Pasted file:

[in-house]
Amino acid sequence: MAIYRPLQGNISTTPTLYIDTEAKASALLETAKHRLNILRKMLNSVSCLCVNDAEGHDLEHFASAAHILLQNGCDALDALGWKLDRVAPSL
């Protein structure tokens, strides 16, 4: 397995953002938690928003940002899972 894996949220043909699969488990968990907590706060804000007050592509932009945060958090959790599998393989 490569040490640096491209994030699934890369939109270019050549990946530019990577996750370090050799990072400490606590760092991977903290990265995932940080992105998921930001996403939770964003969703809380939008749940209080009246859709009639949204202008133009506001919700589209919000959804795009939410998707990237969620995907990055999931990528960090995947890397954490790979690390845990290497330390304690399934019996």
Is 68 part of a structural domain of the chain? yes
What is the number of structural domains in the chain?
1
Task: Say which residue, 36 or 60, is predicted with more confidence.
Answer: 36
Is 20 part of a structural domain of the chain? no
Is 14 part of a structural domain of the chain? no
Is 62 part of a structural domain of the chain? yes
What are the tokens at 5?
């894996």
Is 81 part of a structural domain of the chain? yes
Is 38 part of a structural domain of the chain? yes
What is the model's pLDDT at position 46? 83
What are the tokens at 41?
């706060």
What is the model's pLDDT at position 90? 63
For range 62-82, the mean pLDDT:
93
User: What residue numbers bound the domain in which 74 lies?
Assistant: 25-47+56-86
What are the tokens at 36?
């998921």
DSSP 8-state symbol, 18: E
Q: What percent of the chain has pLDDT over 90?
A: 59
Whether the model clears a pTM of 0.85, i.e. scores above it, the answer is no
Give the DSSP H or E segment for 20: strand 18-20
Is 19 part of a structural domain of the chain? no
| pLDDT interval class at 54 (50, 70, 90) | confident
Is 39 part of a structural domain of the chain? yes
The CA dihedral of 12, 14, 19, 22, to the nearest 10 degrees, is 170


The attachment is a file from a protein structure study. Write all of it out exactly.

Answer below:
[in-house]
Amino acid sequence: MAIYRPLQGNISTTPTLYIDTEAKASALLETAKHRLNILRKMLNSVSCLCVNDAEGHDLEHFASAAHILLQNGCDALDALGWKLDRVAPSL
């Protein structure tokens, strides 16, 4: 397995953002938690928003940002899972 894996949220043909699969488990968990907590706060804000007050592509932009945060958090959790599998393989 490569040490640096491209994030699934890369939109270019050549990946530019990577996750370090050799990072400490606590760092991977903290990265995932940080992105998921930001996403939770964003969703809380939008749940209080009246859709009639949204202008133009506001919700589209919000959804795009939410998707990237969620995907990055999931990528960090995947890397954490790979690390845990290497330390304690399934019996």
Is 68 part of a structural domain of the chain? yes
What is the number of structural domains in the chain?
1
Task: Say which residue, 36 or 60, is predicted with more confidence.
Answer: 36
Is 20 part of a structural domain of the chain? no
Is 14 part of a structural domain of the chain? no
Is 62 part of a structural domain of the chain? yes
What are the tokens at 5?
């894996």
Is 81 part of a structural domain of the chain? yes
Is 38 part of a structural domain of the chain? yes
What is the model's pLDDT at position 46? 83
What are the tokens at 41?
């706060």
What is the model's pLDDT at position 90? 63
For range 62-82, the mean pLDDT:
93
User: What residue numbers bound the domain in which 74 lies?
Assistant: 25-47+56-86
What are the tokens at 36?
């998921």
DSSP 8-state symbol, 18: E
Q: What percent of the chain has pLDDT over 90?
A: 59
Whether the model clears a pTM of 0.85, i.e. scores above it, the answer is no
Give the DSSP H or E segment for 20: strand 18-20
Is 19 part of a structural domain of the chain? no
| pLDDT interval class at 54 (50, 70, 90) | confident
Is 39 part of a structural domain of the chain? yes
The CA dihedral of 12, 14, 19, 22, to the nearest 10 degrees, is 170